The next engine produced by Yamaha for Toyota is the legendary 4A-GE engine. This legendary engine is used by a car that is now also becomin a legend too, the Toyota Sprinter Trueno AE86. 
2005 Toyota Celica GTS used a 2ZZ-GE coded engine of Yamaha. (Picture from: http://bit.ly/2FeklOe)
This machine is so legendary and is hunted by the car enthusiasts because it has compact dimensions, relatively light weights and great power. Therefore this machine is now hunted by car enthusiasts both for racing needs and daily use.

Furthermore, the engine from Yamaha used by Toyota's car products is a machine with a 3S-GTE code. This machine is now being hunted by many people because it has a relatively light weight and has enough power to be used both for daily use or racing. This machine was once immersed in one of the legendary cars from Toyota, the Toyota Celica GT-Four.
2012 Lexus LFA used a V10 1LR-GUE engine of Yamaha. (Picture from: http://bit.ly/2FeklOe)
The collaboration between Toyota and Yamaha continues to the Toyota Celica GT-S which uses 2ZZ-GE engines. This machine is actually not only used by the Toyota Celica GT-S but also used by one of the British car brands namely Lotus through its product, Lotus Elise.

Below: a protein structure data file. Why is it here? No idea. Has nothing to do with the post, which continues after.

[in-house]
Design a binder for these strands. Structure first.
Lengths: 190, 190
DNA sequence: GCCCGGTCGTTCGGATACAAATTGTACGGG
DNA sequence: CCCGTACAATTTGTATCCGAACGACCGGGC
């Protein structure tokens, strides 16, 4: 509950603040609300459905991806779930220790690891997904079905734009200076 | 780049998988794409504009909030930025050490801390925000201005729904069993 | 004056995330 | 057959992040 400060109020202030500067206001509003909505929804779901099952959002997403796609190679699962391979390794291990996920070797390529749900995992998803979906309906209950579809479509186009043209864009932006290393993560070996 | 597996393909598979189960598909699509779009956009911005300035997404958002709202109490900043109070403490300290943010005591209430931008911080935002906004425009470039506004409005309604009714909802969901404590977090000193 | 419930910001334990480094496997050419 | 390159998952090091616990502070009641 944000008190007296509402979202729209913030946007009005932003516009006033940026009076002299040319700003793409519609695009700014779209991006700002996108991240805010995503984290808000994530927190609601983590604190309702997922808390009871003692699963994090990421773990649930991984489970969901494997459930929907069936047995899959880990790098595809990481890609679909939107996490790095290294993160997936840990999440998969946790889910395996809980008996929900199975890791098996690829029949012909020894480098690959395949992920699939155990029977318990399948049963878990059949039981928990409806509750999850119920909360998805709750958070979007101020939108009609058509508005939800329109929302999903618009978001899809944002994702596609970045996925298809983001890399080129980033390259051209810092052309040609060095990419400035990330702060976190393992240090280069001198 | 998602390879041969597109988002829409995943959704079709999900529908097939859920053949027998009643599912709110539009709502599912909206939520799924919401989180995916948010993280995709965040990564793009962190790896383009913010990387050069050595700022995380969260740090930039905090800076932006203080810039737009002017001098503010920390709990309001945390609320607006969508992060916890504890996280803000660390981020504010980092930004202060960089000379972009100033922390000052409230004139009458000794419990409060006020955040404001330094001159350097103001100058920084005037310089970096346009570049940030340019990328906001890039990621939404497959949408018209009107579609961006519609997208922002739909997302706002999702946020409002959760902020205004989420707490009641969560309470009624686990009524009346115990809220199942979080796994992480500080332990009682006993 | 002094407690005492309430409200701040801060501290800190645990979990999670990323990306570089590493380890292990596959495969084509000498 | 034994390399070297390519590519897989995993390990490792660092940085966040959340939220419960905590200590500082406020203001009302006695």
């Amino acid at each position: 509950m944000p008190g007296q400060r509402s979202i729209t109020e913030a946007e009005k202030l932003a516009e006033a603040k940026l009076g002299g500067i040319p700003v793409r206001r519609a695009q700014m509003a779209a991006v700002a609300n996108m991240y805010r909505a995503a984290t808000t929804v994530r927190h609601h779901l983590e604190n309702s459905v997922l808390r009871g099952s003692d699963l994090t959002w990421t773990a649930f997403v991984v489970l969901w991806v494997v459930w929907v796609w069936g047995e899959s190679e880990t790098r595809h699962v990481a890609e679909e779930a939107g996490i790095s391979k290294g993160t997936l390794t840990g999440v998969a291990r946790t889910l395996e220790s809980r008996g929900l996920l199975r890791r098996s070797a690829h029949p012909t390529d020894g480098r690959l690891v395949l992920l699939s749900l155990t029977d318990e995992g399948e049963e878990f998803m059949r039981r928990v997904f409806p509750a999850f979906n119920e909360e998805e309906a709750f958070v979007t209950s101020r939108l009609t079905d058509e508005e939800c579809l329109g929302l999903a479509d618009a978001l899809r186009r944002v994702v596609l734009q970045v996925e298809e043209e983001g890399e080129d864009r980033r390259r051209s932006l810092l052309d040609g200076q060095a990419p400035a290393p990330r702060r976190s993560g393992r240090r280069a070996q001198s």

Collaboration between Yamaha and Toyota continues when Lexus LF-A is introduced, this car also uses a V10 1LR-GUE engine that was developed by Yamaha which received many awards. After success with the Lexus LF-A, Yamaha again contributed to the heart of the drive found in the Lexus IS-F, RC-F, and GS-F engine V8 2UR-GSE.
1992 Yamaha OX99-11, the first Yamaha supercar concept with a 1+1 jet fighter style seating arrangement. (Picture from: http://thekneeslider.com/)
Yamaha also designed the V8 4.400cc engine for the Volvo XC90 and S80. The same engine is used by Volvo in the V8 Supercars race in Australia. In fact, the British sports car brand, Noble, uses the same drive for their product, the M600.

Then Yamaha also independently created a concept car called the Yamaha OX99-11 which was driven by a Yamaha V12 engine in 1992. The engine became the basis of the manufacturer to enter the world of Formula 1 racing as a supplier of engines to Zakspeed, Brabham, Jordan, Tyrell, and Arrows in the 1990s.
1989 Ford Taurus SHO equiped a new fuel-injected a Yamaha 3,000cc V6 was putting out 200 hp. (Picture from: http://bit.ly/2LWmgsh)
Given the history of Yamaha, which is very good at developing engines for four wheels, making one of American auto giants, Ford was interested to use Yamaha's engine. Recordedly, they pinned a Yamaha 3,000cc V6 engine in the engine room of the Ford Taurus SHO which was launched in 1989.
Yamaha Sports Ride Concept at the 44th Tokyo Motor Show 2015. (Picture from: http://bit.ly/1MsLNXg)
And finally in 2015, Yamaha once again presented their 4-wheeled sports car called the Yamaha Sports Ride Concept at the 44th Tokyo Motor Show 2015. The middle-engined sports car is said to have a driver-engine relationship similar to a motorcycle. Unfortunately until now there have been no signs from Yamaha to make a production version of this beautiful sports coupe. *** [EKA | FROM VARIOUS SOURCES | RIDEAPART]